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China and Brexit – the two triggers for a market correction

The majority of fund buyers in the Basque country and in much of the rest of Europe expect another market correction this year. Fund managers at Expert Investor Spain, held in Bilbao last week, identified China and Brexit as the main possible triggers for this.


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“China is a time bomb,” said Jean-Jacques Durand, an emerging market debt manager at Edmond de Rothschild.  “Their political system (of state control) is in complete contradiction with the way they want to go [economically]. Maybe they will hold out for the next few years, no-one knows,” he said. “The only certainty is that China will implode eventually.”

The unprecedented capital outflows China witnessed over 2015 can be perceived as a symptom of the lack of trust in the country. However, this can also be interpreted as a sign of health, since many of these outflows have actually been used to buy stakes in large Western companies, according to Julie Dickson of Capital Group. “Foreign buying by Chinese companies has been really good. This gives us a bit more reason to sleep better at night,” she said in response to Durand’s doomsaying. “We also continue to see pockets of growth in consumer spending and in robotics, which are attractively priced.”

Don’t bet on Brexit

The other big macro risk that drives markets these days is of course the issue of Brexit. Ben Lofthouse, a global equity manager at Henderson, forecasted elevated volatility in the run-up to the Brexit vote. “Nobody has left the EU before, apart from Greenland, so a Brexit vote would provide a lot of uncertainty,” he said.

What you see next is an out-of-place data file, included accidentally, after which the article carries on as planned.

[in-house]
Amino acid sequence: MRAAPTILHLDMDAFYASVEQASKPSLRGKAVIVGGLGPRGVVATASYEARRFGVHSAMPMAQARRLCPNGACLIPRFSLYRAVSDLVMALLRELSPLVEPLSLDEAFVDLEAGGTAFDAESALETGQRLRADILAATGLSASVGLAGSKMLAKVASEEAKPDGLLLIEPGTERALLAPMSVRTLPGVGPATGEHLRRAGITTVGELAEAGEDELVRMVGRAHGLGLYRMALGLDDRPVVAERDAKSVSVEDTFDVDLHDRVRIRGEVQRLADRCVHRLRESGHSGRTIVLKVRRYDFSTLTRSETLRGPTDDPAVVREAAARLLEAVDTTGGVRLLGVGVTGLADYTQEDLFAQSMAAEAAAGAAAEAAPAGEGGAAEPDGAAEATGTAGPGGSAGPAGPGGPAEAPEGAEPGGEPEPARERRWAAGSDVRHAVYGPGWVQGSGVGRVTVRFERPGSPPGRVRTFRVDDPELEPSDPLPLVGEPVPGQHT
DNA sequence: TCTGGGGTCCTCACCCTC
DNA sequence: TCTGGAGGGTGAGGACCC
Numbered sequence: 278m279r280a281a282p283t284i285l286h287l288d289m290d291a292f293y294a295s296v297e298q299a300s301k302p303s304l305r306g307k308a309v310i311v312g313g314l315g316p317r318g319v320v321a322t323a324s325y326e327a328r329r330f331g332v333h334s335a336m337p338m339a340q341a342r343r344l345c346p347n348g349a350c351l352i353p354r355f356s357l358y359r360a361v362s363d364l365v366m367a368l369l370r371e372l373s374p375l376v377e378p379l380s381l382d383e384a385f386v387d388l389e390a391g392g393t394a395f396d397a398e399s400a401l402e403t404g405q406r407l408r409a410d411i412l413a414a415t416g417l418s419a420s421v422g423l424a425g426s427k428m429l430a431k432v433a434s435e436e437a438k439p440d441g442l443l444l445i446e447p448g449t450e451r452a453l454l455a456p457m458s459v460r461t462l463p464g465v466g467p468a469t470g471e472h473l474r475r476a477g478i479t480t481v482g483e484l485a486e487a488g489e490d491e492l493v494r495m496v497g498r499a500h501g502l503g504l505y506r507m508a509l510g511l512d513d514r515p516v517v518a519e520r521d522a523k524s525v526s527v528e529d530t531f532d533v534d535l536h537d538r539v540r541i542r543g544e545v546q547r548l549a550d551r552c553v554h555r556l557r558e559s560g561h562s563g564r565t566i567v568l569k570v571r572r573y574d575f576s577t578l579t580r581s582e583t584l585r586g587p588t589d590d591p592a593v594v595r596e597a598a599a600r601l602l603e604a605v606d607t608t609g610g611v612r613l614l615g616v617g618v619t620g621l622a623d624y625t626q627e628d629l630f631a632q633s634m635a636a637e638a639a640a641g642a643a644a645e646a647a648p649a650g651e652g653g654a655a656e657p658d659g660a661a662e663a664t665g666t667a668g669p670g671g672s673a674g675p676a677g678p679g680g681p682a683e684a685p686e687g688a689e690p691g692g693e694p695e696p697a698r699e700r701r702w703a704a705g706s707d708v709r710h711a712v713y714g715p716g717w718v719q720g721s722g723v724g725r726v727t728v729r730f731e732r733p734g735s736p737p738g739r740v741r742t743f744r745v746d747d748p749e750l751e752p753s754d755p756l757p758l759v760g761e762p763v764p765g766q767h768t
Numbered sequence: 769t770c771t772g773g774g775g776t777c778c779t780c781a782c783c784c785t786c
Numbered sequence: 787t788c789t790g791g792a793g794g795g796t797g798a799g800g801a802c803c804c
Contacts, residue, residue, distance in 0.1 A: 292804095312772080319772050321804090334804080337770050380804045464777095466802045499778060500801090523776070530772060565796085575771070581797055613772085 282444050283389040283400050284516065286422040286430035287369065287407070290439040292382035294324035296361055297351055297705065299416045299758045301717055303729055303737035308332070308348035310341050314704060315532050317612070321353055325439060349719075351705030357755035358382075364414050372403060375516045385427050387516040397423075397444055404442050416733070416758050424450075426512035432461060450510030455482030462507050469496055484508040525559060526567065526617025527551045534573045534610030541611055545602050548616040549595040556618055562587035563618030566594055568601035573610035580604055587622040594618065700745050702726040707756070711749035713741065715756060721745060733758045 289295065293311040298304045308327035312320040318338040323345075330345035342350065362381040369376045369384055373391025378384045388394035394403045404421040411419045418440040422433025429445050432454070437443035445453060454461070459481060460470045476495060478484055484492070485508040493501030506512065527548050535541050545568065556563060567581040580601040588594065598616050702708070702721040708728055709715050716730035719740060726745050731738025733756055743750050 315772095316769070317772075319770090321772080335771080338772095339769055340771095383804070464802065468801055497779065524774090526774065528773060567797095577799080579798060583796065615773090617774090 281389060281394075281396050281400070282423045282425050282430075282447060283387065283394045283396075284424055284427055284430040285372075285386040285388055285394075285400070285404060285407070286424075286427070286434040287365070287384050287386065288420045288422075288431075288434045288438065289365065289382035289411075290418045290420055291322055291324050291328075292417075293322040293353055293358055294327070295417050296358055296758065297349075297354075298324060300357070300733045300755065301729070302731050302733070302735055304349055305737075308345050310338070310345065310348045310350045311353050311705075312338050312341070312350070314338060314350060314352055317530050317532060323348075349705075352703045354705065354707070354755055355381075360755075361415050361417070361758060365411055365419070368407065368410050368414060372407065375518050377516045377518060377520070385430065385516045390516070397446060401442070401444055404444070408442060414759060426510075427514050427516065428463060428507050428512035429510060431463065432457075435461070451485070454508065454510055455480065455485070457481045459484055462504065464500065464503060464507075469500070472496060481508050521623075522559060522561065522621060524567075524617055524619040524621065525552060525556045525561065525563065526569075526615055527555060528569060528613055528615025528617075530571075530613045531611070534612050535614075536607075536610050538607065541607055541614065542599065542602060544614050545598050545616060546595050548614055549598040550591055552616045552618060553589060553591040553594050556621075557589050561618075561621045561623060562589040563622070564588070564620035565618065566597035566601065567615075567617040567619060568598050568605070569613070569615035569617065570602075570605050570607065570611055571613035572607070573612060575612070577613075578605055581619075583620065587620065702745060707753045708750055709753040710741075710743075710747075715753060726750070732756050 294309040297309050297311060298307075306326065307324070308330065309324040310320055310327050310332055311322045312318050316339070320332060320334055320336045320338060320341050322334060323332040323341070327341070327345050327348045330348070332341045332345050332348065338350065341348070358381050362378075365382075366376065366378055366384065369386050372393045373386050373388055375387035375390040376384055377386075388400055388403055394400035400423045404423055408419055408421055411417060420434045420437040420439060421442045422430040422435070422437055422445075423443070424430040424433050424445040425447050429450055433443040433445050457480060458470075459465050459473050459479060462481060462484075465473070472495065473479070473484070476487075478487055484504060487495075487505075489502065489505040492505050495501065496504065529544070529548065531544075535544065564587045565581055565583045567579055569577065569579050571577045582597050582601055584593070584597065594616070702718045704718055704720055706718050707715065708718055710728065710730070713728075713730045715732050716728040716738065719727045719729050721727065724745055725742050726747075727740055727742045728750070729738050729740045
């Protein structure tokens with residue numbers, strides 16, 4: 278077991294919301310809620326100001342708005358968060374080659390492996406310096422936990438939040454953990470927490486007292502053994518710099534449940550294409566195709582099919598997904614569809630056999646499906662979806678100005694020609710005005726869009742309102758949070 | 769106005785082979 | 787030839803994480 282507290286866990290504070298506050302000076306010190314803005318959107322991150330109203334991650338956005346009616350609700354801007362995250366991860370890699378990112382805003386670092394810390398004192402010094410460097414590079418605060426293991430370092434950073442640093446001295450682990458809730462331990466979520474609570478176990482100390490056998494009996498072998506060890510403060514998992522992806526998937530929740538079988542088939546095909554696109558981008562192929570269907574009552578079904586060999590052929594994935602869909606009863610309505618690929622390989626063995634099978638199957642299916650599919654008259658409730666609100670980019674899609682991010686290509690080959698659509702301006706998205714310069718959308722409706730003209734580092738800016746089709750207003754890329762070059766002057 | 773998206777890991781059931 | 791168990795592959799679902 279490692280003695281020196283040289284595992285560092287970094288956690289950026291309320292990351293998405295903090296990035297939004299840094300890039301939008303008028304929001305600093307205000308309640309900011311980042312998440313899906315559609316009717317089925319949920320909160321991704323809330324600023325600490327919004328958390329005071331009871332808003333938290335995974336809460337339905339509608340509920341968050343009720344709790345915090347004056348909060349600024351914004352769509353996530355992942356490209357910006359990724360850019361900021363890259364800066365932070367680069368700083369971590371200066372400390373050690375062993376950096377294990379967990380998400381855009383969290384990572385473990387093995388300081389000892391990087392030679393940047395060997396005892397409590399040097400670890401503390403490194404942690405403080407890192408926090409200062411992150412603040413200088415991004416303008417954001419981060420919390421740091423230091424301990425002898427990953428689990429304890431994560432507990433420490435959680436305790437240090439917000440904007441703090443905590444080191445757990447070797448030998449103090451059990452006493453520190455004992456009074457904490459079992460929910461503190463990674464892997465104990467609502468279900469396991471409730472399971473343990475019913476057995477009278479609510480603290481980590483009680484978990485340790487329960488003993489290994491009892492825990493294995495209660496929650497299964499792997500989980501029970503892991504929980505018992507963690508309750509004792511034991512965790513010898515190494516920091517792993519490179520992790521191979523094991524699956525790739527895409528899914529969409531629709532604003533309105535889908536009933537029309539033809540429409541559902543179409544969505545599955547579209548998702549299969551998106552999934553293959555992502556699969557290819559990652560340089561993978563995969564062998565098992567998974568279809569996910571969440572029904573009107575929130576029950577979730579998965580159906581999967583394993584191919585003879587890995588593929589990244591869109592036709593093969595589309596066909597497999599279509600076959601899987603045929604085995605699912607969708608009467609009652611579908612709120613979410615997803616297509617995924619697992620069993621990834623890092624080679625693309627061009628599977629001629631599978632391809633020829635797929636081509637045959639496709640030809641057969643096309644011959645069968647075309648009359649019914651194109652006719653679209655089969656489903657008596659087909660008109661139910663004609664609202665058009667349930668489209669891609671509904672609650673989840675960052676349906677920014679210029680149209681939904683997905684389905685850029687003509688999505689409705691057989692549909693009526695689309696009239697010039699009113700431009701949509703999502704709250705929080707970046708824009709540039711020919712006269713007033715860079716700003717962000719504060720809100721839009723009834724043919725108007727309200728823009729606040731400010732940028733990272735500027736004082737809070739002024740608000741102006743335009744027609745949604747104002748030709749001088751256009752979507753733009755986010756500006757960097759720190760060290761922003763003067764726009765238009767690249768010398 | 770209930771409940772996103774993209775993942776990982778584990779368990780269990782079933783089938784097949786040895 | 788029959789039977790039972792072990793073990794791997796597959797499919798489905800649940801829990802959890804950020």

But at the same time he had reassuring news for people fretting about such a scenario. Brexit will not happen. “We British bet on everything, and the betting market suggest very firmly we stay,” he said. And here is why: “When you see the polls, they show 40-40 with 20% undecided. Key is what this 20% does, and in this sort of situation, generally those people tend to decide on the side of caution, which means voting for the status quo,” said Lofthouse.



Though the prospect of China imploding is hardly reassuring for an emerging market debt manager like Durand, the Frenchman also managed to end on a positive note.

“We could see a surprise on the geopolitical side, simply because it cannot really getting much worse than it is now. Something might happen to Putin for example. That might make things a bit better,” he quipped.

Click here to see a full overview of delegate voting results.

Here you can see a slideshow of photos taken at the event.